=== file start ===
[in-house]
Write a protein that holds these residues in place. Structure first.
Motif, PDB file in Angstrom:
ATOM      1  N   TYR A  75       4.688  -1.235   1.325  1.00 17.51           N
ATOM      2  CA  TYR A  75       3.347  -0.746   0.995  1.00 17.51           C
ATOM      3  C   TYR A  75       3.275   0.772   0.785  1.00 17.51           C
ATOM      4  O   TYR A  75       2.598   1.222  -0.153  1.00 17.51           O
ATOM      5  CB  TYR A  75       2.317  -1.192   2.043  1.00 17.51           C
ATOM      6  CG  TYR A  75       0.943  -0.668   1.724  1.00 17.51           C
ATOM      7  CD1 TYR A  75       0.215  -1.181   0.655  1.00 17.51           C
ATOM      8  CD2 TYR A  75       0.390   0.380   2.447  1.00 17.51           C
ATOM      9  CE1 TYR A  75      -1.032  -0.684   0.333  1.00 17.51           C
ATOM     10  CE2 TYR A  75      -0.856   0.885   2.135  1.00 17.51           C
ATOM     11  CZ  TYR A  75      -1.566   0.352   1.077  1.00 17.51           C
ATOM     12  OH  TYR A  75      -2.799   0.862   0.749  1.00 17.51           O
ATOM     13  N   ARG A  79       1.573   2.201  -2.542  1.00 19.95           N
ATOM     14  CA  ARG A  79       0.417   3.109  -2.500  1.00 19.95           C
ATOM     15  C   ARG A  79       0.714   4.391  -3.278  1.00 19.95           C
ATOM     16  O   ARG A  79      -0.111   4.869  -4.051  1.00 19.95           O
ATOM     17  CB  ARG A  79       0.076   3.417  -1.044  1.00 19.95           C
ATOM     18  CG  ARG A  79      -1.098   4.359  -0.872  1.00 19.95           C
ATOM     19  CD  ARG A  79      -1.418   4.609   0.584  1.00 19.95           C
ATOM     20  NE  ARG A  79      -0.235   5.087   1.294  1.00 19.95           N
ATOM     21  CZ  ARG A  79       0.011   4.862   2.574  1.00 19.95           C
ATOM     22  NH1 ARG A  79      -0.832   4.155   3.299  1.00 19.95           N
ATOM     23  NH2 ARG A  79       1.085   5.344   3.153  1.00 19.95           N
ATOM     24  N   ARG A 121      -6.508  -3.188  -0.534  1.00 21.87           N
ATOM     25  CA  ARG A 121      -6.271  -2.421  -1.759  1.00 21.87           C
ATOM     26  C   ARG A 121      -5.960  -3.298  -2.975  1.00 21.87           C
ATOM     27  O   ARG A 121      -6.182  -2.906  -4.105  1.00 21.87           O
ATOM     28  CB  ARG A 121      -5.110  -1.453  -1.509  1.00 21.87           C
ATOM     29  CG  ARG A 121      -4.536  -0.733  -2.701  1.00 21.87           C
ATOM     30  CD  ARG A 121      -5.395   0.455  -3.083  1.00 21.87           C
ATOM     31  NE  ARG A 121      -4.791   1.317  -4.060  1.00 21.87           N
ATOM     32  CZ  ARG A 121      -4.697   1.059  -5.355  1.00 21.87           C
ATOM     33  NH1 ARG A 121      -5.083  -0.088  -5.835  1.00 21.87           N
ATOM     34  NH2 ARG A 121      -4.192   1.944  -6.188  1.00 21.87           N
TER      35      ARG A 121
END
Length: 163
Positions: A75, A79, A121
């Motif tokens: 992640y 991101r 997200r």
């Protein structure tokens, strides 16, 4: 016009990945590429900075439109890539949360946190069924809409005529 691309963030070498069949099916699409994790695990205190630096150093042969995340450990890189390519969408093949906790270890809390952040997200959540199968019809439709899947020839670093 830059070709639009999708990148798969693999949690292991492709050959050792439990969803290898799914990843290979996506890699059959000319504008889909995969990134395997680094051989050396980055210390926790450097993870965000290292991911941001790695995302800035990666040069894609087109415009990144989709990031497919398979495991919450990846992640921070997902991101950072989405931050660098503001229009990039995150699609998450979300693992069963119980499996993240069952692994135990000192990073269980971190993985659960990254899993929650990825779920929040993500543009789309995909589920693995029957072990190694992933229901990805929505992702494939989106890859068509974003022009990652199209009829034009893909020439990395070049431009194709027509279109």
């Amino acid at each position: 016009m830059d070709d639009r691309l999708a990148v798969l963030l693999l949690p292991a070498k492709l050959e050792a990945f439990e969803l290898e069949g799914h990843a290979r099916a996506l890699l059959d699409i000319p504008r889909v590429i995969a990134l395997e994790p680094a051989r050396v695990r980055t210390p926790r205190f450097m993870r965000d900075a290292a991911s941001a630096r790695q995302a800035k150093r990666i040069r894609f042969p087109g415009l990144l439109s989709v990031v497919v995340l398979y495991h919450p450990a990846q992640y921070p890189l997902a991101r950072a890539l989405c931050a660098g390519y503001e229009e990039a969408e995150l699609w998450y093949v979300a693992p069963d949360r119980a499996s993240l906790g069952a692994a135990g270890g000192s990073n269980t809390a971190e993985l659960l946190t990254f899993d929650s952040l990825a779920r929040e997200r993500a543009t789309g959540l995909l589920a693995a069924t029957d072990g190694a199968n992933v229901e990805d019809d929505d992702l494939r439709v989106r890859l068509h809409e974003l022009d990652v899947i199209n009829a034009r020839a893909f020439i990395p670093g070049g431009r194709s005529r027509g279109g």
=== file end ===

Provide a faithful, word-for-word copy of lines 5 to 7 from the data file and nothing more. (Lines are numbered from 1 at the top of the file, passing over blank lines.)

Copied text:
ATOM      2  CA  TYR A  75       3.347  -0.746   0.995  1.00 17.51           C
ATOM      3  C   TYR A  75       3.275   0.772   0.785  1.00 17.51           C
ATOM      4  O   TYR A  75       2.598   1.222  -0.153  1.00 17.51           O